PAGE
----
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- Author or Editor: Heikki J. Helminen x
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Objective—To determine the speed of sound (SOS) in equine articular cartilage and investigate the influence of age, site in the joint, and cartilage degeneration on the SOS.
Sample Population—Cartilage samples from 38 metacarpophalangeal joints of 38 horses (age range, 5 months to 22 years).
Procedure—Osteochondral plugs were collected from 2 articular sites of the proximal phalanx after the degenerative state was characterized by use of the cartilage degeneration index (CDI) technique. The SOS was calculated (ratio of needle-probe cartilage thickness to time of flight of the ultrasound pulse), and relationships between SOS value and age, site, and cartilage degeneration were evaluated. An analytical model of cartilage indentation was used to evaluate the effect of variation in true SOS on the determination of cartilage thickness and dynamic modulus with the ultrasound indentation technique.
Results—The mean SOS for all samples was 1,696 ± 126 m/s. Age, site, and cartilage degeneration had no significant influence on the SOS in cartilage. The analytical model revealed that use of the mean SOS of 1,696 m/s was associated with maximum errors of 17.5% on cartilage thickness and 7.0% on dynamic modulus in an SOS range that covered 95% of the individual measurements.
Conclusions and Clinical Relevance—In equine articular cartilage, use of mean SOS of 1,696 m/s in ultrasound indentation measurements introduces some inaccuracy on cartilage thickness determinations, but the dynamic modulus of cartilage can be estimated with acceptable accuracy in horses regardless of age, site in the joint, or stage of cartilage degeneration. (Am J Vet Res 2005;66:1175–1180)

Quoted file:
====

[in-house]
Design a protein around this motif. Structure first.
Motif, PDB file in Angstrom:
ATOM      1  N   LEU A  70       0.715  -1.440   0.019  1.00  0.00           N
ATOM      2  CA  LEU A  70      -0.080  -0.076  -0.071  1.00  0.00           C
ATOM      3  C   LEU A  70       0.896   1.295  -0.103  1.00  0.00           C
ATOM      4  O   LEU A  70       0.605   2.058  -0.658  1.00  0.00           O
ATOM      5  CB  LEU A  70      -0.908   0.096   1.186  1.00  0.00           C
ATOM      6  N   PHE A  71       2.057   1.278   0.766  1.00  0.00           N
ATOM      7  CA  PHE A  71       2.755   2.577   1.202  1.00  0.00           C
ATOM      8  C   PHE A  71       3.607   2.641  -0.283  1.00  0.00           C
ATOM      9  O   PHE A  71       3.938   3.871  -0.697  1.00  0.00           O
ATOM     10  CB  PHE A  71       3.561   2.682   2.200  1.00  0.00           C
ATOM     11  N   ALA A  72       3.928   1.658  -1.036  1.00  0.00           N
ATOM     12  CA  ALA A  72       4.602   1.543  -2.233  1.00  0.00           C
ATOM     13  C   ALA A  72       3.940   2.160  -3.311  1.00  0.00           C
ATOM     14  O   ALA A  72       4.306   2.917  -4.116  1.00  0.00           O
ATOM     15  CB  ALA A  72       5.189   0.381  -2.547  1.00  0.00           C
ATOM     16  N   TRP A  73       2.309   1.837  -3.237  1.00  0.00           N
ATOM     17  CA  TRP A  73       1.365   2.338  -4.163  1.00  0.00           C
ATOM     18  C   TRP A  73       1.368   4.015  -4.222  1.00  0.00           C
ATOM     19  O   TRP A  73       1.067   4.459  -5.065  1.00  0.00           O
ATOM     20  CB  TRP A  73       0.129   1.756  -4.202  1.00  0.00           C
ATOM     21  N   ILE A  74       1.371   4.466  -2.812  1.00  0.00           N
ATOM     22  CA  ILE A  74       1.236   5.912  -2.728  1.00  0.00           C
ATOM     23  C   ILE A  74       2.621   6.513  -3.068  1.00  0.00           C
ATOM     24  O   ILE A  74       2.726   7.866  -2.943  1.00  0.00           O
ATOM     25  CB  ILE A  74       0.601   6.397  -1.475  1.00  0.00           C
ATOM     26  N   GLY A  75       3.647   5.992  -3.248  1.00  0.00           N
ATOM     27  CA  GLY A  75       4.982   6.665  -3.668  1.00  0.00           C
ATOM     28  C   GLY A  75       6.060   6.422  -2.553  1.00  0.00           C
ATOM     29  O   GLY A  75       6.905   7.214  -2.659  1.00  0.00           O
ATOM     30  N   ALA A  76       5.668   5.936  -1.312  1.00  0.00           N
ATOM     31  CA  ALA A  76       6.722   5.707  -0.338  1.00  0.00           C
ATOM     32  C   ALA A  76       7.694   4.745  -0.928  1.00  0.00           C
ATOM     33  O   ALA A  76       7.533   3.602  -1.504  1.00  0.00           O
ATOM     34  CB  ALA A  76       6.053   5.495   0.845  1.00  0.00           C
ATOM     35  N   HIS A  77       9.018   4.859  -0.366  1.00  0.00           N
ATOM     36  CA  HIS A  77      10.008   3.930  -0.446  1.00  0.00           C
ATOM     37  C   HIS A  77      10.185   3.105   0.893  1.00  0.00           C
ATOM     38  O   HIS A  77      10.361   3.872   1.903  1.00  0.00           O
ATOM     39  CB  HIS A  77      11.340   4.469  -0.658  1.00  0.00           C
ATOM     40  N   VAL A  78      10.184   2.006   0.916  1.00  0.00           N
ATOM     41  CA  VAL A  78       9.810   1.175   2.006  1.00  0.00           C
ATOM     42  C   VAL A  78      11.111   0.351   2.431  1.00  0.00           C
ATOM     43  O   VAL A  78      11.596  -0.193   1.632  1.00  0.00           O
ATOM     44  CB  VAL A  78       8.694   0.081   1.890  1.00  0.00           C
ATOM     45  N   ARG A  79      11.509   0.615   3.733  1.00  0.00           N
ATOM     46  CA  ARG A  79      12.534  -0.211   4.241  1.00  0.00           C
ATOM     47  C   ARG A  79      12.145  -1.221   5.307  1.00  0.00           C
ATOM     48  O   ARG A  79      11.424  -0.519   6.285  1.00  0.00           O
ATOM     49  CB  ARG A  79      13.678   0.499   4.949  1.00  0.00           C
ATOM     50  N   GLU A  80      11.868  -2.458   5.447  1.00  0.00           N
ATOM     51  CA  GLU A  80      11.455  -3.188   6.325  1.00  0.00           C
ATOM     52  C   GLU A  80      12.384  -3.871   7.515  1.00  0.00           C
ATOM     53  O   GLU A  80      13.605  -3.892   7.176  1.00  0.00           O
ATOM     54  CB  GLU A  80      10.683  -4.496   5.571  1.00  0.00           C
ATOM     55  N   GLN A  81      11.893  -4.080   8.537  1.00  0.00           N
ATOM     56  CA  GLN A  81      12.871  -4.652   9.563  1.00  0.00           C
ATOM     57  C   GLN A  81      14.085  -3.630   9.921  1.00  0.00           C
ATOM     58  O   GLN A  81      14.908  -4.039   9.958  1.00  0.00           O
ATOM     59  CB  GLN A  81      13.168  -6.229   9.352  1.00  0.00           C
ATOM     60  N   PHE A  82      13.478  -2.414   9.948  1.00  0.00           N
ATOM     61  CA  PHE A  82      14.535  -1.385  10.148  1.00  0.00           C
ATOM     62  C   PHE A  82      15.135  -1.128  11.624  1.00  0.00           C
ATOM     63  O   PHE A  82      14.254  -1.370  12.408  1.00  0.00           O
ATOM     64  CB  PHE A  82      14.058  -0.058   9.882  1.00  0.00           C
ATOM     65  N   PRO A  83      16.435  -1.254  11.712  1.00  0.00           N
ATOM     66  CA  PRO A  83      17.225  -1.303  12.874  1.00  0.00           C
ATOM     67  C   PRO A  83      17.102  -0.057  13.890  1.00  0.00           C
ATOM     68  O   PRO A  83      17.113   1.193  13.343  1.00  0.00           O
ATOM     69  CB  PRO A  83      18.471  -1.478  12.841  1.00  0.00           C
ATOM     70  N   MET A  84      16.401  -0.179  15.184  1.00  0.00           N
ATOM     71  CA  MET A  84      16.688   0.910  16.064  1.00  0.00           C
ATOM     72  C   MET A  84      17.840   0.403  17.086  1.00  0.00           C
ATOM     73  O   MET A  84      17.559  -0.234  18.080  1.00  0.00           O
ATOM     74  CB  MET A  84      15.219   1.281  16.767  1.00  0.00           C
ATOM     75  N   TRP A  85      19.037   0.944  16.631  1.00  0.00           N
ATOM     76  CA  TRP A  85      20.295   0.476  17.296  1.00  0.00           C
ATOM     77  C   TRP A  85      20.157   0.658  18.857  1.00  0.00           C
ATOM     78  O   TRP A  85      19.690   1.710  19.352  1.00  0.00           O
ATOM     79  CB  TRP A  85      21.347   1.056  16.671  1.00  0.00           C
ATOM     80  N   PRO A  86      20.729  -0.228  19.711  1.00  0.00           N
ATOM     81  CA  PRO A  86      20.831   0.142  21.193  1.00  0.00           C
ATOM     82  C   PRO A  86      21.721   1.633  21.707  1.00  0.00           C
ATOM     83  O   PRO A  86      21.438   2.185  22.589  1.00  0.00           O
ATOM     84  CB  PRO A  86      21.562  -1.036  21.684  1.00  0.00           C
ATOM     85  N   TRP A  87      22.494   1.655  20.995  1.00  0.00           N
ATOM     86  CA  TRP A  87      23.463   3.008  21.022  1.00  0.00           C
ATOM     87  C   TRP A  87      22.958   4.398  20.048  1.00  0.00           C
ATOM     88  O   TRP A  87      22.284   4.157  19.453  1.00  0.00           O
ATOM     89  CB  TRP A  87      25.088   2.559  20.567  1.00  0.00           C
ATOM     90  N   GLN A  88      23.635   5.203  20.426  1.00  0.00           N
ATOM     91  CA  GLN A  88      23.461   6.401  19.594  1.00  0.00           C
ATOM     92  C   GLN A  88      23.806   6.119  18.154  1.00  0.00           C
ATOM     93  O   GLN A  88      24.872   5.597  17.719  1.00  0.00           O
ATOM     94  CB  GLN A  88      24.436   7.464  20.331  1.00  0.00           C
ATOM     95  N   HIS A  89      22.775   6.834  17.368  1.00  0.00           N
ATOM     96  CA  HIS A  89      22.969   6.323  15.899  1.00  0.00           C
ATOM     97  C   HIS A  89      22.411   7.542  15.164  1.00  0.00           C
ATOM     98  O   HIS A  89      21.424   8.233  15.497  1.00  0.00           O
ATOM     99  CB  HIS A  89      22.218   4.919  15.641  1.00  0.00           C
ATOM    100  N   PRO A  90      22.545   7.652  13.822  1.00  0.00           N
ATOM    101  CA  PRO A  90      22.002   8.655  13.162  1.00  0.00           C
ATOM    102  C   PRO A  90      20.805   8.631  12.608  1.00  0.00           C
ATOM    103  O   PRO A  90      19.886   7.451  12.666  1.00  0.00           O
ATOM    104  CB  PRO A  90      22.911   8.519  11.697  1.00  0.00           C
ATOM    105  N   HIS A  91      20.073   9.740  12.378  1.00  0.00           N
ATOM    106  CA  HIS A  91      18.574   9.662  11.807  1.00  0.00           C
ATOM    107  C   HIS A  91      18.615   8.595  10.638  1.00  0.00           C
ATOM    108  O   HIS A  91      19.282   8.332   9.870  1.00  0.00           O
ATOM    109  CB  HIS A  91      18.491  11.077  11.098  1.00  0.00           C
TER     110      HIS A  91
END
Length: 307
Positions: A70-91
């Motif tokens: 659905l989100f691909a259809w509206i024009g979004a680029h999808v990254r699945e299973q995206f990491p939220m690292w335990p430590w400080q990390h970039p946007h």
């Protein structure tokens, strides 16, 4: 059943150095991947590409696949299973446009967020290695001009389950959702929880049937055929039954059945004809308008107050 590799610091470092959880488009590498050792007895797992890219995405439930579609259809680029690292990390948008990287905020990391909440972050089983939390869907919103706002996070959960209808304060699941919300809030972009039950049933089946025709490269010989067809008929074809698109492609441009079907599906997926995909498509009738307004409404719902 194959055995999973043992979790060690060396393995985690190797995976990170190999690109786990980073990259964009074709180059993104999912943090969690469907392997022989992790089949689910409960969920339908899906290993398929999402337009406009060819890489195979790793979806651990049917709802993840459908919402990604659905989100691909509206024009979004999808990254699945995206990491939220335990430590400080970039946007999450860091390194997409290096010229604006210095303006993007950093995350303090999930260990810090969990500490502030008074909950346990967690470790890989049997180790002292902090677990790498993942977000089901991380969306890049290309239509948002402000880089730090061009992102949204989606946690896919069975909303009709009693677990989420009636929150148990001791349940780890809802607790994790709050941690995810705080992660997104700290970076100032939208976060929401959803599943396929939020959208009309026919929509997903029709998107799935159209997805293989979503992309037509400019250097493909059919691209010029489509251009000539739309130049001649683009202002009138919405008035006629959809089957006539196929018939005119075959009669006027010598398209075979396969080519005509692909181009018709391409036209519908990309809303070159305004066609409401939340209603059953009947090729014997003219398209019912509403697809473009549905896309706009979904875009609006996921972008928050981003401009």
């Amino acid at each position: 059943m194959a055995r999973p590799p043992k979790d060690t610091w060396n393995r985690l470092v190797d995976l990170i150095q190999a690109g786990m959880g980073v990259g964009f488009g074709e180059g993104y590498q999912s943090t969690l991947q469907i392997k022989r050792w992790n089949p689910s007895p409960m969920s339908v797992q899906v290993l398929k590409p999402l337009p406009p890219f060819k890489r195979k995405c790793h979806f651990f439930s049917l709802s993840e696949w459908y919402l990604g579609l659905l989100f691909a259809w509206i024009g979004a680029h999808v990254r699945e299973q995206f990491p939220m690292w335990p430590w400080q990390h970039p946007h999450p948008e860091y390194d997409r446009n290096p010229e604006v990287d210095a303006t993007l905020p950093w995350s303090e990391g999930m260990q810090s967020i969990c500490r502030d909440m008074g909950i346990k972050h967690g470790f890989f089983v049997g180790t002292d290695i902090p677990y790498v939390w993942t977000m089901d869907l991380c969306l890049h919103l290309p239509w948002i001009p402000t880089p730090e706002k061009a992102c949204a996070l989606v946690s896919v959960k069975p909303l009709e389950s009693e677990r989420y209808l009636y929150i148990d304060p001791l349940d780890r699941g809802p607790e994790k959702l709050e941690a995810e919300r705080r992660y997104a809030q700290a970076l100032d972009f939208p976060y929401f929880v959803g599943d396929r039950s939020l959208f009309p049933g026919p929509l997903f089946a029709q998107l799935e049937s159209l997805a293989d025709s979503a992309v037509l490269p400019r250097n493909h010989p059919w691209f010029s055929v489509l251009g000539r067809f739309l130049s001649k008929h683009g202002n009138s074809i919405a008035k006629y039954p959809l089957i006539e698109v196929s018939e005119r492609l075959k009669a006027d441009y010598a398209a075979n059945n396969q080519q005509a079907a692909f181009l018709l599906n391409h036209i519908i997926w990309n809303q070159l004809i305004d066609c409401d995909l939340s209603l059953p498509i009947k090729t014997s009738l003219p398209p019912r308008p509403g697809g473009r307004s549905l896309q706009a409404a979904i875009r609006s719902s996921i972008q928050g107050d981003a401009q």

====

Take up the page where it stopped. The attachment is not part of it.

Objective—To evaluate the effects of intra-articular (IA) injections of bufexamac in horses, focusing particularly on the effects of bufexamac on articular cartilage.
Procedure—Horses were randomly allocated into 4 groups consisting of 5 horses each, and 20, 60, or 100 mg of bufexamac or 1 ml of sterile saline (0.9% NaCl) solution (control) was injected into 1 intercarpal joint at weekly intervals for 6 treatments (days 0, 7, 14, 21, 28, and 35). Clinical signs and results of hematologic, serum biochemical, and synovial fluid (SF) analyses and radiography were used to evaluate treatment effects. On day 49, all horses were euthanatized; gross necropsy and histologic examinations of internal organs and articular tissues were performed. Glycosaminoglycan concentration of the articular cartilage was evaluated in safranin O-stained sections by use of a semiquantitative microspectrophotometric method.
Results—No systemic signs were observed. Temporary mild to moderate heat and effusion were the only clinical signs observed in a number of joints after IA injections and more often only in the 100 mg group, compared with controls. The 100 mg dose resulted in significant increases in SF WBC counts, with relative neutrophilia and SF total protein concentration 24 hours after injection (day 1). No lesions suggestive of toxic effects were detected at necropsy or on histologic examination. No changes in articular cartilage glycosaminoglycan concentration were detected.
Conclusion and Clinical Relevance—Six injections of 20, 60, or 100 mg of bufexamac at weekly intervals did not cause any untoward systemic or local effects. These data suggest that bufexamac is a safe nonsteroidal anti-inflammatory drug for IA administration in horses. (Am J Vet Res 2001;62:1629–1635)